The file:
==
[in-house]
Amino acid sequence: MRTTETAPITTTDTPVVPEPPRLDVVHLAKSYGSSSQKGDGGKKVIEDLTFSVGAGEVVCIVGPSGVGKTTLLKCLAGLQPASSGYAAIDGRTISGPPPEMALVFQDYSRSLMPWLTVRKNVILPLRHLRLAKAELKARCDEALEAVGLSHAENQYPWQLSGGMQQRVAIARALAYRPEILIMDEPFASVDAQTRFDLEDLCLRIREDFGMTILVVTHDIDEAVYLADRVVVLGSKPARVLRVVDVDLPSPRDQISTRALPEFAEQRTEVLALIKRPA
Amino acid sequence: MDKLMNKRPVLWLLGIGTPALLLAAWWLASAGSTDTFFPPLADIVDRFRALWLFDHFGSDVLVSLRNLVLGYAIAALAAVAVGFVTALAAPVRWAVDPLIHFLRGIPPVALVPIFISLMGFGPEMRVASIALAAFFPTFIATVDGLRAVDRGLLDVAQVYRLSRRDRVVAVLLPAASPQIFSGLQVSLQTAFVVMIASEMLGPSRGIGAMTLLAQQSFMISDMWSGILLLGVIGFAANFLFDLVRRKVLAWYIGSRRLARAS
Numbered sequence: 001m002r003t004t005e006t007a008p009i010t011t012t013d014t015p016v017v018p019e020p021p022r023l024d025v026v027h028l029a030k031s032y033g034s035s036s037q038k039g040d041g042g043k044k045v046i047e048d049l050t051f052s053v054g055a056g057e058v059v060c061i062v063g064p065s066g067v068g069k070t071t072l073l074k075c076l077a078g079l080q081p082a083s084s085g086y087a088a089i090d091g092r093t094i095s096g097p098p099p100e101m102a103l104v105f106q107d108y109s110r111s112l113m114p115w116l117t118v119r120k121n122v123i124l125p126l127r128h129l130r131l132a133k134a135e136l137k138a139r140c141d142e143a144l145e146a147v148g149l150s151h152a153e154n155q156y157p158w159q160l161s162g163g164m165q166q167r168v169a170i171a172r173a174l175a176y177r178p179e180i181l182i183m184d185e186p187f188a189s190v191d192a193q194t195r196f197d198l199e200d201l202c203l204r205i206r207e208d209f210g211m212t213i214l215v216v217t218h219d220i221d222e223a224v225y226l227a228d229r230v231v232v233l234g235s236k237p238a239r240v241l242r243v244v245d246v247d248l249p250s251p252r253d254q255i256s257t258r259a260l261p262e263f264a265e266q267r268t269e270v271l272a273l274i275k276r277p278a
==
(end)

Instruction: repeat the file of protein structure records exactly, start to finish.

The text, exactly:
[in-house]
Amino acid sequence: MRTTETAPITTTDTPVVPEPPRLDVVHLAKSYGSSSQKGDGGKKVIEDLTFSVGAGEVVCIVGPSGVGKTTLLKCLAGLQPASSGYAAIDGRTISGPPPEMALVFQDYSRSLMPWLTVRKNVILPLRHLRLAKAELKARCDEALEAVGLSHAENQYPWQLSGGMQQRVAIARALAYRPEILIMDEPFASVDAQTRFDLEDLCLRIREDFGMTILVVTHDIDEAVYLADRVVVLGSKPARVLRVVDVDLPSPRDQISTRALPEFAEQRTEVLALIKRPA
Amino acid sequence: MDKLMNKRPVLWLLGIGTPALLLAAWWLASAGSTDTFFPPLADIVDRFRALWLFDHFGSDVLVSLRNLVLGYAIAALAAVAVGFVTALAAPVRWAVDPLIHFLRGIPPVALVPIFISLMGFGPEMRVASIALAAFFPTFIATVDGLRAVDRGLLDVAQVYRLSRRDRVVAVLLPAASPQIFSGLQVSLQTAFVVMIASEMLGPSRGIGAMTLLAQQSFMISDMWSGILLLGVIGFAANFLFDLVRRKVLAWYIGSRRLARAS
Numbered sequence: 001m002r003t004t005e006t007a008p009i010t011t012t013d014t015p016v017v018p019e020p021p022r023l024d025v026v027h028l029a030k031s032y033g034s035s036s037q038k039g040d041g042g043k044k045v046i047e048d049l050t051f052s053v054g055a056g057e058v059v060c061i062v063g064p065s066g067v068g069k070t071t072l073l074k075c076l077a078g079l080q081p082a083s084s085g086y087a088a089i090d091g092r093t094i095s096g097p098p099p100e101m102a103l104v105f106q107d108y109s110r111s112l113m114p115w116l117t118v119r120k121n122v123i124l125p126l127r128h129l130r131l132a133k134a135e136l137k138a139r140c141d142e143a144l145e146a147v148g149l150s151h152a153e154n155q156y157p158w159q160l161s162g163g164m165q166q167r168v169a170i171a172r173a174l175a176y177r178p179e180i181l182i183m184d185e186p187f188a189s190v191d192a193q194t195r196f197d198l199e200d201l202c203l204r205i206r207e208d209f210g211m212t213i214l215v216v217t218h219d220i221d222e223a224v225y226l227a228d229r230v231v232v233l234g235s236k237p238a239r240v241l242r243v244v245d246v247d248l249p250s251p252r253d254q255i256s257t258r259a260l261p262e263f264a265e266q267r268t269e270v271l272a273l274i275k276r277p278a